Revisiting London’s Olympic Stadium

Revisiting London’s Olympic Stadium


With the London 2017 IAAF and IPC World Athletics Championships drawing ever closer, we spoke to a collection of London 2012 Olympians and Paralympians to gather their thoughts on returning to the Queen Elizabeth Olympic Park in under three years’ time.

Based in Stratford, East London, the championships will welcome the world’s finest track and field athletes back to the British capital just five years after hosting the spectacular 2012 Olympic and Paralympic Games.

The biennial events – of which London will stage the sixteenth and eighth editions, respectively – will represent the very first time each has been held both within the same city and in the same year, in July and August, 2017.

The Stadium held the first London Anniversary Games in the summer of 2013 and will do so again with an annual commemorative event following renovation to the venue as of next July.

T44 100m sprinter, Jonnie Peacock is one of many athletes looking forward to replicating his London 2012 heroics in 2017.

The 21-year-old captured Paralympic 100m gold before going on to win the 2013 IPC World 100m title and the 2014 IPC European 100m crown.

“I’m really looking forward to competing back in the Olympic Stadium in 2017, it’s a venue that holds so many special memories for me from winning gold in 2012 and it would be great to win a world title on home soil,” explained Peacock, who has already returned to the scene of his greatest victory at the 2013 Sainsbury’s International Para Challenge, where he sped to a 10.84 lifetime best.

“It’s fantastic that London will be the first city to host the IPC and IAAF World Championships so closely together, and it will be incredible if we can recreate that buzz and support that we had during the summer of 2012 and put on a real show for everyone.”

Three-time IPC World Championships F44 discus champion, Dan Greaves is determined to grab himself another global gold, and London 2017 would be the ideal venue.

The 32-year-old claimed the silver medal in the 2012 Paralympic F44 discus, following 2004 F44/46 gold and 2000 silver, together with F44 bronze in 2008.

“After the huge success of London 2012, to have another major athletics championships in the Olympic stadium is extremely encouraging not only for the sport and athletes but for the people of London to reignite their passion for sport in such an iconic setting,” revealed the 2014 Commonwealth champion.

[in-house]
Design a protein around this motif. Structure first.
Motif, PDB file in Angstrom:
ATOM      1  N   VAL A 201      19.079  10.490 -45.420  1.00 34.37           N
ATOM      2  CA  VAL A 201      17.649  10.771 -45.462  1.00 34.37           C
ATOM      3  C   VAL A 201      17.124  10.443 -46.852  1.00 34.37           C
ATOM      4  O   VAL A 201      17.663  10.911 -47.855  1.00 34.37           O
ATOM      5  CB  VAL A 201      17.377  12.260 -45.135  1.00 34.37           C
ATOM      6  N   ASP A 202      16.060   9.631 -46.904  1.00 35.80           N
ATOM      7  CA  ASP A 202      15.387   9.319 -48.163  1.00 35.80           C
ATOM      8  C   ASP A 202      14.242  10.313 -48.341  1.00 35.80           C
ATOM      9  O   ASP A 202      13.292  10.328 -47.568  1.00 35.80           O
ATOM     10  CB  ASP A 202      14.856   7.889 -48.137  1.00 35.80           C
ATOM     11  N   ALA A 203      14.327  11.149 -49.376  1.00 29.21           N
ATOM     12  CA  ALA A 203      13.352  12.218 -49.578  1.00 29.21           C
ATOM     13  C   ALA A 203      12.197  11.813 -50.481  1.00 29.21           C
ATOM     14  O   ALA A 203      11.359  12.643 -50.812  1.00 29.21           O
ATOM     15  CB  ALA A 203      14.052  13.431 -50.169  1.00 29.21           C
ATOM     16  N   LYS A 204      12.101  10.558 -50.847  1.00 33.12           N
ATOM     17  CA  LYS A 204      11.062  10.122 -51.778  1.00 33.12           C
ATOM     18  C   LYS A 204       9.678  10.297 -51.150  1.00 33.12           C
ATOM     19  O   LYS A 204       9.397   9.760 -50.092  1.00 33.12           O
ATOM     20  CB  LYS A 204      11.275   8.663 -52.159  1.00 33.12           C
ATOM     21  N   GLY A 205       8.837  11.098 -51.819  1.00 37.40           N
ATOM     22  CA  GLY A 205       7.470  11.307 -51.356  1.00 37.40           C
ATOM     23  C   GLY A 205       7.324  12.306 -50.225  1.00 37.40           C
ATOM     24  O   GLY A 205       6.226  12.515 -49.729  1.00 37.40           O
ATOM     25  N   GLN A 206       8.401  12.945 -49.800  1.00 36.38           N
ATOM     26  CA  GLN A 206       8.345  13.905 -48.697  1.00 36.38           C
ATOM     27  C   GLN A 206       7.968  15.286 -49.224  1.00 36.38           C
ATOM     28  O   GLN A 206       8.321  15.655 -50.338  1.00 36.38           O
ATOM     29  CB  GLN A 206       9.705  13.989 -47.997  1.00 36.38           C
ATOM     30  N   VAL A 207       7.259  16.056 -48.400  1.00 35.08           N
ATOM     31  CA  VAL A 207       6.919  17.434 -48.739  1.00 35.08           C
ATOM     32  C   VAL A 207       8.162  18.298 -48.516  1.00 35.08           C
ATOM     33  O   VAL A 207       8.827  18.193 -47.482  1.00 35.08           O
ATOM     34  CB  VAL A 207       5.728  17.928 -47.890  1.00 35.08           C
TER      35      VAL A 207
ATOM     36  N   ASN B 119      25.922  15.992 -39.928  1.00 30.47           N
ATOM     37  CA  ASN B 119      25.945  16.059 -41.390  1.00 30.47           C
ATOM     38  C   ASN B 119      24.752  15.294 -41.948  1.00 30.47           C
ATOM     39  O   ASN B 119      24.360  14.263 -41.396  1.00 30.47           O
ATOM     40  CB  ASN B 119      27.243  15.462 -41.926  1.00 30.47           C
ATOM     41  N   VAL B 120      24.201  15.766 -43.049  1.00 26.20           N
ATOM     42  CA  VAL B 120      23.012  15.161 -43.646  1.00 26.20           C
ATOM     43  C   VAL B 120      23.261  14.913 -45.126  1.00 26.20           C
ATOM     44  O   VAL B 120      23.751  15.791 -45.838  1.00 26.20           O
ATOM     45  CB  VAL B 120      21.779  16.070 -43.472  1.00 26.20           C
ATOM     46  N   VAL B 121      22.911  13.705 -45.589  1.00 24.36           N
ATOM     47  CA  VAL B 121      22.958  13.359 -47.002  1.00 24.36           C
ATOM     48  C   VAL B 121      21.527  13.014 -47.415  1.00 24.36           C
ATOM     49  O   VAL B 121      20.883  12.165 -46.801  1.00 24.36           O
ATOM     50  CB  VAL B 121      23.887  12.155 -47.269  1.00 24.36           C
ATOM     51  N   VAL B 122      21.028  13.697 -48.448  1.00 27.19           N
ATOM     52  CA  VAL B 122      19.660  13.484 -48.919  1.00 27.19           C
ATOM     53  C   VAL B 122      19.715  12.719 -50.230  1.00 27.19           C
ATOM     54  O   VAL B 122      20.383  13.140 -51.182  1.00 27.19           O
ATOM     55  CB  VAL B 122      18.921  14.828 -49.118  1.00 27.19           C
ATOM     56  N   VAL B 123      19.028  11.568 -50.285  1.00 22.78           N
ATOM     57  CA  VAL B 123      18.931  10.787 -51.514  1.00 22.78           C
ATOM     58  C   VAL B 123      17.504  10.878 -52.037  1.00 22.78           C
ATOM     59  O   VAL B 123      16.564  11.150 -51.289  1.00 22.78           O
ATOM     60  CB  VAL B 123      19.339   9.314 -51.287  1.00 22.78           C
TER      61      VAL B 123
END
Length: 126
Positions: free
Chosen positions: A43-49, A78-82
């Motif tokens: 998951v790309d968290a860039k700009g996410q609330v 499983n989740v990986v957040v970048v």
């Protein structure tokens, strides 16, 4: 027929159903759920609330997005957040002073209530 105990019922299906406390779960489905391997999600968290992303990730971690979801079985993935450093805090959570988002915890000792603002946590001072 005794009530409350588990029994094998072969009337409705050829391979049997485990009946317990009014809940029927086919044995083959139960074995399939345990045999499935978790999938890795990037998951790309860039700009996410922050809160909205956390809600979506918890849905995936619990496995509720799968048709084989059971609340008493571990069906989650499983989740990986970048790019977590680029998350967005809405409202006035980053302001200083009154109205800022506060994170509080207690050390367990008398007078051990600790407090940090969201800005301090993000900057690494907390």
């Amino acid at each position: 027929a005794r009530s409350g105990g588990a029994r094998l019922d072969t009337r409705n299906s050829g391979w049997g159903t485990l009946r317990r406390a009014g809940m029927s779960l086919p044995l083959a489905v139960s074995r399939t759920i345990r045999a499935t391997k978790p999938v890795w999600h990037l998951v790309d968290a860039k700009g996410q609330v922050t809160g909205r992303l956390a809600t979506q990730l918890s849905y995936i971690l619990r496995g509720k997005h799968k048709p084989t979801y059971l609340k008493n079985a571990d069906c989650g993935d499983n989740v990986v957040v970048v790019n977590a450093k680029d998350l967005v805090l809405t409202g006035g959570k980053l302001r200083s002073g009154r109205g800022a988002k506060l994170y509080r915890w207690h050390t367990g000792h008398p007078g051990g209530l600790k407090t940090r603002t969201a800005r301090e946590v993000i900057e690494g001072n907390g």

“My experience competing in the stadium on ‘Thriller Thursday’ was such a buzz – the crowd really made it the best experience of my life,” recalled Greaves, who won the 2013 International Para Challenge.

“To have the opportunity to compete in front of friends and family on home turf, representing the nation again in the stadium in 2017 will be such an honour!”

For some athletes, however, London 2017 is not an opportunity to rekindle fond memories but to seek redemption.

Dai Greene had taken the 2010 European and Commonwealth 400m hurdles titles ahead of the 2011 world crown but following an injury-hit winter, he finished only fourth in the Olympic final and took the same position again in the 4x400m relay.

The 28-year-old – who collected the 2009 4x400m relay IAAF World Championships silver medal – has endured an injury-plagued past two seasons where he has competed sparingly but is confident of a return to form:

“I was very pleased to hear the news that London won the 2017 bid (in November 2011). The Olympics were incredible in London so knowing I was going to have another major competition in London makes me feel very lucky,” Greene explained.

“I cannot wait to be competing for a medal and hearing the home crowd cheering for me. Home crowds always provide huge amounts of support that we do not get from other competitions around the world, making these world champs something special for British athletes.”

Another to suffer disappointment at London 2012 was 1500m runner, Hannah England.

Having earned IAAF World Championship silver in 2011, she then failed to progress beyond the semi-final stage at the Games.

The 27-year-old bounced back to fourth place at the IAAF World Championships during the following season and she will be eager to do so again in 2017, following a below-par 2014 with Commonwealth seventh and European sixth place finishes, respectively.

“When London won the bid, I had just resumed winter training in preparation for London 2012 – it was really exciting to realise that London and the UK was going to get a third chance in five years to host a major athletics championships,” England revealed.

“I feel really lucky that my career will span the London 2012 Olympics, Glasgow 2014 Commonwealth Games and now the IAAF World Championships in 2017.”

“It is always a massive motivation to compete for my country. Having experienced the amazing atmosphere and support of a British crowd, I really want the chance to wear a British vest in front of a home crowd again.

“The IAAF World Athletics Championships is a wonderful competition, and like the Olympic Games, to have one in your own country in a dream come true.”


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